Eastmond added, “I noticed the media loves to talk about March for Our Lives, but I want you guys to talk about March for Our Lives and urban communities. The same amount of attention you’re giving my school and Santa Fe, give urban communities the same amount of attention as March for Our Lives.”
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There was bromance abound at Midland’s Saturday afternoon (June 9) set at This Tent. The packed crowd was dotted with male fans hugging each other while singing along to the trio’s new live arrangements from its debut On the Rocks. The crowd’s singing was at its loudest when the Mark Wystrach, Cameron Duddy and Jess Carson segued from Ben E. King’s “Stand By Me” into its newest single “Burn Out.” One woman in the front row screamed bloody murder every time Wystrach walked toward her general direction.
Mavis StaplesJosh Brasted/WireImage
Staples testified and preached the oral history of the Staple Singers between inspired renditions of “Freedom Highway” and an extended play of “I’ll Take You There.” She also delivered her own spin on the Talking Heads’ “Slippery People” and Funkadelic’s “Can You Get to That.”
Nile Rodgers and ChicJosh Brasted/WireImage
Experiencing Rodgers and Chic live is like experiencing the biggest acts to ever live in one performance. Rodgers’ catalogue runs deeper than any music fan can comprehend and includes the Keith Urban and Pitbull collaboration “Sun Don’t Let Me Down,” from Urban’s 2013 album Fuse. For Saturday’s performance on the main stage, Rodgers lit up the stage with a medley of hits he’s written including David Bowie’s “Let’s Dance,” Daft Punk’s “Get Lucky,” Sister Sledge’s “We Are Family” and Madonna’s “Like a Virgin.”
The Inescapable Old Crow Medicine ShowJosh Brasted/WireImage
Bonnaroo and Old Crow go way back. The band had the very first performance slot at the inaugural ‘roo in 2002 and have made a point to return to Bonnaroo every year since. The band had two performances at the festival on Saturday — one abbreviated performance backstage for press and a full performance on the Which stage that could be heard throughout the festival grounds. The band was also part of the Grand Ole Opry’s Bonnaroo debut on Sunday.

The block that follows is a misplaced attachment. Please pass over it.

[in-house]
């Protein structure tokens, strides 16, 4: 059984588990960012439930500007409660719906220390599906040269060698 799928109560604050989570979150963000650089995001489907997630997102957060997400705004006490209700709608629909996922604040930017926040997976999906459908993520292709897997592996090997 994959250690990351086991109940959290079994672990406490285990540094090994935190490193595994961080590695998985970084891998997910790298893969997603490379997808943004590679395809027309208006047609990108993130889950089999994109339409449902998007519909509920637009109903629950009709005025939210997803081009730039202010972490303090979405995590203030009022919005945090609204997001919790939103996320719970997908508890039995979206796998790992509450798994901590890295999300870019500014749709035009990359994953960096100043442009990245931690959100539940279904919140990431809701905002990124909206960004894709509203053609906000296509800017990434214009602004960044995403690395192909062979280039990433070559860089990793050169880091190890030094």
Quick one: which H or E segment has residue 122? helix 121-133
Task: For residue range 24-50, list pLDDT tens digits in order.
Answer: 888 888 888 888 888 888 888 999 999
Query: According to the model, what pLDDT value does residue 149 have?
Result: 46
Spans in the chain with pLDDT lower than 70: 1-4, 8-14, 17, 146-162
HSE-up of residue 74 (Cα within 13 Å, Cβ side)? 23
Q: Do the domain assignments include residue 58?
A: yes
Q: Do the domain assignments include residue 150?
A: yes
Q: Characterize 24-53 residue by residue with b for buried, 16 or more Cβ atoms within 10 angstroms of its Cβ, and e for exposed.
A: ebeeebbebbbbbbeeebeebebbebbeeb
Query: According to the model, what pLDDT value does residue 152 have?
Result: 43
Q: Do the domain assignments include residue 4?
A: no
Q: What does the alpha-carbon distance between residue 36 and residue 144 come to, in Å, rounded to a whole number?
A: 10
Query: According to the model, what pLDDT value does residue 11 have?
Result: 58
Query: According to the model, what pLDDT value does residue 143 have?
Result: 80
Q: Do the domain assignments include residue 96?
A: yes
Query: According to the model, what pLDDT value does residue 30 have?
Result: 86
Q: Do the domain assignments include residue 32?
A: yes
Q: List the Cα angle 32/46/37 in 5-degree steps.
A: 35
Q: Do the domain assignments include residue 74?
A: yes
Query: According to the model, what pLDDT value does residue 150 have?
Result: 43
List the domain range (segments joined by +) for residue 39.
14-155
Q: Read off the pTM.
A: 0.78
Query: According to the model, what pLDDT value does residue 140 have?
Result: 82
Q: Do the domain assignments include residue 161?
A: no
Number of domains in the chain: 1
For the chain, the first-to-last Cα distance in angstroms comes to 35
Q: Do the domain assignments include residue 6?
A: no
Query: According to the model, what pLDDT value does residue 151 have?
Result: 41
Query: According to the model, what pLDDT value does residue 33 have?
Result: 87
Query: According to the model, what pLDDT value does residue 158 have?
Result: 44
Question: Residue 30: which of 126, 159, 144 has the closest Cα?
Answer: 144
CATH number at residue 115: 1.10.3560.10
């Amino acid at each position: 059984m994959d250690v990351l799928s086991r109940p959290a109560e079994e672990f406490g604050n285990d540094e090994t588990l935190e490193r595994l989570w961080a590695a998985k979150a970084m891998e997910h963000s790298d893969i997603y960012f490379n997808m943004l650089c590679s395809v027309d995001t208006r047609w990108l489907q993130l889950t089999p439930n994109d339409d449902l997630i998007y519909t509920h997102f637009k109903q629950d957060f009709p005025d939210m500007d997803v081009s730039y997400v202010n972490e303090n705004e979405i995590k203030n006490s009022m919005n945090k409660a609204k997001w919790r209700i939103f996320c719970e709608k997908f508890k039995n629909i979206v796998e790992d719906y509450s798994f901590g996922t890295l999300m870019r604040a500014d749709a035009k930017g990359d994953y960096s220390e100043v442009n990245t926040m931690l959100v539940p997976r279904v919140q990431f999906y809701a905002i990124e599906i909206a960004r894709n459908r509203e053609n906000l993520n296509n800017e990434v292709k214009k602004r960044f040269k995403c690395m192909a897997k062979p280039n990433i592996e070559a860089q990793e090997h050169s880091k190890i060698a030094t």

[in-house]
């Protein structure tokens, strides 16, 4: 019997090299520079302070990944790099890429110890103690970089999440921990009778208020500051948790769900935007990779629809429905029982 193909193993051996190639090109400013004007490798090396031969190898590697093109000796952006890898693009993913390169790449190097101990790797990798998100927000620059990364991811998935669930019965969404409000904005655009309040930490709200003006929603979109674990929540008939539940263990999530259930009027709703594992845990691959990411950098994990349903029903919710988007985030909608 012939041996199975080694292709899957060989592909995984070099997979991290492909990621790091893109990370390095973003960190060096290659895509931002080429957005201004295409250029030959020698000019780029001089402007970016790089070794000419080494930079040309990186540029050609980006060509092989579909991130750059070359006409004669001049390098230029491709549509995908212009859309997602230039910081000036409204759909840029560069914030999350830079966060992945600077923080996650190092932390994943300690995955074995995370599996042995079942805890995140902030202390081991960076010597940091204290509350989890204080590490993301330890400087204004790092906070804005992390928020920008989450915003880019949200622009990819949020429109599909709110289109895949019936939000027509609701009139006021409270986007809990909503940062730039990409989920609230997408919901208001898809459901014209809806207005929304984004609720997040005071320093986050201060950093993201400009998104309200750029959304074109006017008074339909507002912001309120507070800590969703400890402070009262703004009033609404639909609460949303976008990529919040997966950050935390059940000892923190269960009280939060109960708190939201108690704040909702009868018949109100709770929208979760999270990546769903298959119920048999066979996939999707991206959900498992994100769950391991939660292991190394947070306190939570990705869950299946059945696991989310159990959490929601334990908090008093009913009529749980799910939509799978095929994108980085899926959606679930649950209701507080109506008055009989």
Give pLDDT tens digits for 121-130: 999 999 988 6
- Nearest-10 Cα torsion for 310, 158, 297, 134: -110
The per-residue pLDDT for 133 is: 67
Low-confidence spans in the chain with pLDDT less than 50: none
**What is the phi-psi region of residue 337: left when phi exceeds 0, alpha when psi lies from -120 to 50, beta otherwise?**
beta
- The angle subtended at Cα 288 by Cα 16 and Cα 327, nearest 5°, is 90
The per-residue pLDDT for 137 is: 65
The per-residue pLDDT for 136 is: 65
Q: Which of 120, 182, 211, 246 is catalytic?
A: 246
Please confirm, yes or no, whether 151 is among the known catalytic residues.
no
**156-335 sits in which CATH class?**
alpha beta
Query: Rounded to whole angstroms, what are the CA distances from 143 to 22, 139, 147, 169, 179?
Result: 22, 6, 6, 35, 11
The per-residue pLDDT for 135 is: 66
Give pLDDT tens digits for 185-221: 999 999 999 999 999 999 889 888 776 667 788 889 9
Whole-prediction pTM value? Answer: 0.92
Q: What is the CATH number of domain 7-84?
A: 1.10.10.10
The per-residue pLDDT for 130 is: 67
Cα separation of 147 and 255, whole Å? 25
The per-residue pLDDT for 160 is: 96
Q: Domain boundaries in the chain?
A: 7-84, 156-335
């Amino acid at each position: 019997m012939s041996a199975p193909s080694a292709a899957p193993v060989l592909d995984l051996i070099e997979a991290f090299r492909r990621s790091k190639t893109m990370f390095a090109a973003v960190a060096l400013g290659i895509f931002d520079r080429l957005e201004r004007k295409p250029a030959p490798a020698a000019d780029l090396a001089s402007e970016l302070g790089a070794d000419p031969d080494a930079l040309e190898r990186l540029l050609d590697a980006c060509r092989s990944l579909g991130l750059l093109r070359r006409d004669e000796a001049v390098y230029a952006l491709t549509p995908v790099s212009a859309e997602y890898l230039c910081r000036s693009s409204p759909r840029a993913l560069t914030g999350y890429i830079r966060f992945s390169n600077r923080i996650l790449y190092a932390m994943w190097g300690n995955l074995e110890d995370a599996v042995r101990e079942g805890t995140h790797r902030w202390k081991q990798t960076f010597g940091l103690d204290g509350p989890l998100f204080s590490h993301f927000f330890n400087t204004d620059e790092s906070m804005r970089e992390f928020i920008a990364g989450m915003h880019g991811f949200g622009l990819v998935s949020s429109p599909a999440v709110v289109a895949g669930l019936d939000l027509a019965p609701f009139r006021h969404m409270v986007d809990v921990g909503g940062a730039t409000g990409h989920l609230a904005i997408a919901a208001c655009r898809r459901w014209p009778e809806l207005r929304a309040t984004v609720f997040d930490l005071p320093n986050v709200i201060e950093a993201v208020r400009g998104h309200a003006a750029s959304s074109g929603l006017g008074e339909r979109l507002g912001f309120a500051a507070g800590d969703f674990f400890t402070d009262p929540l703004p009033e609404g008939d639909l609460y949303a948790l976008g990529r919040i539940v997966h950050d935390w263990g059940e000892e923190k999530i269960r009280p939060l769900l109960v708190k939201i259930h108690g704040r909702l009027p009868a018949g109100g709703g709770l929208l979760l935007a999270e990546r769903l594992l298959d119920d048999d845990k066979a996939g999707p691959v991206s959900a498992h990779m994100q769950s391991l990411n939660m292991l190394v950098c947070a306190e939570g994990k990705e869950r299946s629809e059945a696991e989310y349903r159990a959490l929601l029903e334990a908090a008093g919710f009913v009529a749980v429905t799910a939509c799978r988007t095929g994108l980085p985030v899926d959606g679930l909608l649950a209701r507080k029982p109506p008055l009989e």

Parker MillsapErika Goldring/Getty Images
A summer thunderstorm cleared just in time for Millsap to kick off the final performances on the main stage. And he brought the fire as he blazed through selections from his newest album Other Arrangements and 2016’s The Very Last Day.
Erika Goldring/Getty Images
TJ and John Osborne have been Bonnaroo attendees for a decade, but Sunday’s set marked their first performance at the annual festival. Their set was heavy on fiery arrangements from Pawn Shop and Port Saint Joe. Before closing with “It Ain’t My Fault,” they slipped into the Temptations’ “Papa Was a Rolling Stone.”
Dua LipaDouglas Mason/Getty Images
Lipa’s set was was red hot as her lip shade. With dance moves, vocals and looks to kill, the London ingénue played to an adoring audience, delivering lush pop songs “Scared to Be Lonely,” “Be the One,” “IDGAF” and more.
Grand Ole OpryFilmMagic/FilmMagic for Bonnaroo Arts And Music Festival
A bluegrass super jam is a Bonnaroo tradition, but this year, the Grand Ole Opry made its Bonnaroo debut on Sunday at That Tent with performances by Maggie Rose, Nikki Lane, Joshua Hedley, Del McCoury, Riders in the Sky and LANCO. Rose made an army of new fans in just two songs, “It’s You / Smooth” and “Pull You Through.”